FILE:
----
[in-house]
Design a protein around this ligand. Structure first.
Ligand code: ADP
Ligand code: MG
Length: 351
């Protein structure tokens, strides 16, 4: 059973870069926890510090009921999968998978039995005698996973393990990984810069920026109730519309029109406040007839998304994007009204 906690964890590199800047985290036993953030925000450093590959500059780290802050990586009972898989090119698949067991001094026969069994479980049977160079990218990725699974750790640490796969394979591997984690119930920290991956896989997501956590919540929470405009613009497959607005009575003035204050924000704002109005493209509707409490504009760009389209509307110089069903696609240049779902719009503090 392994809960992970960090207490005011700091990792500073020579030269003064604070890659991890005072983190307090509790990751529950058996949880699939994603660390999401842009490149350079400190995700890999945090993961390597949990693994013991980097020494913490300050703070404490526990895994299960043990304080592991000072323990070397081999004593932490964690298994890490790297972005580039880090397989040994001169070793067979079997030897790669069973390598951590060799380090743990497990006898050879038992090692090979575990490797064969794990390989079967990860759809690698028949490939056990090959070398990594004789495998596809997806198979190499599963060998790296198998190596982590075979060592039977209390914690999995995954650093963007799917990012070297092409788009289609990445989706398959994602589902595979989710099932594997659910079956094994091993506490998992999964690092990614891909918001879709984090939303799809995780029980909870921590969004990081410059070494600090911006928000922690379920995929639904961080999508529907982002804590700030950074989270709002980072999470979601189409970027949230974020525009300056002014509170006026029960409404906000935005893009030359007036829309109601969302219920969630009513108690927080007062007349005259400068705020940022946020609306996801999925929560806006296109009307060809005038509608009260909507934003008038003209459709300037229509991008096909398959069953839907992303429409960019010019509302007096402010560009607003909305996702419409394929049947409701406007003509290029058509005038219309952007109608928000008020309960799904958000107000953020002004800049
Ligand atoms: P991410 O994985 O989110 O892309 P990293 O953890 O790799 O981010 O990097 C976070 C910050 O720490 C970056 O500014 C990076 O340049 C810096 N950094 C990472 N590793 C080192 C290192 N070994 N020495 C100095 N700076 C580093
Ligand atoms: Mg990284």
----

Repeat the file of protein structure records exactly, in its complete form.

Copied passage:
[in-house]
Design a protein around this ligand. Structure first.
Ligand code: ADP
Ligand code: MG
Length: 351
């Protein structure tokens, strides 16, 4: 059973870069926890510090009921999968998978039995005698996973393990990984810069920026109730519309029109406040007839998304994007009204 906690964890590199800047985290036993953030925000450093590959500059780290802050990586009972898989090119698949067991001094026969069994479980049977160079990218990725699974750790640490796969394979591997984690119930920290991956896989997501956590919540929470405009613009497959607005009575003035204050924000704002109005493209509707409490504009760009389209509307110089069903696609240049779902719009503090 392994809960992970960090207490005011700091990792500073020579030269003064604070890659991890005072983190307090509790990751529950058996949880699939994603660390999401842009490149350079400190995700890999945090993961390597949990693994013991980097020494913490300050703070404490526990895994299960043990304080592991000072323990070397081999004593932490964690298994890490790297972005580039880090397989040994001169070793067979079997030897790669069973390598951590060799380090743990497990006898050879038992090692090979575990490797064969794990390989079967990860759809690698028949490939056990090959070398990594004789495998596809997806198979190499599963060998790296198998190596982590075979060592039977209390914690999995995954650093963007799917990012070297092409788009289609990445989706398959994602589902595979989710099932594997659910079956094994091993506490998992999964690092990614891909918001879709984090939303799809995780029980909870921590969004990081410059070494600090911006928000922690379920995929639904961080999508529907982002804590700030950074989270709002980072999470979601189409970027949230974020525009300056002014509170006026029960409404906000935005893009030359007036829309109601969302219920969630009513108690927080007062007349005259400068705020940022946020609306996801999925929560806006296109009307060809005038509608009260909507934003008038003209459709300037229509991008096909398959069953839907992303429409960019010019509302007096402010560009607003909305996702419409394929049947409701406007003509290029058509005038219309952007109608928000008020309960799904958000107000953020002004800049
Ligand atoms: P991410 O994985 O989110 O892309 P990293 O953890 O790799 O981010 O990097 C976070 C910050 O720490 C970056 O500014 C990076 O340049 C810096 N950094 C990472 N590793 C080192 C290192 N070994 N020495 C100095 N700076 C580093
Ligand atoms: Mg990284």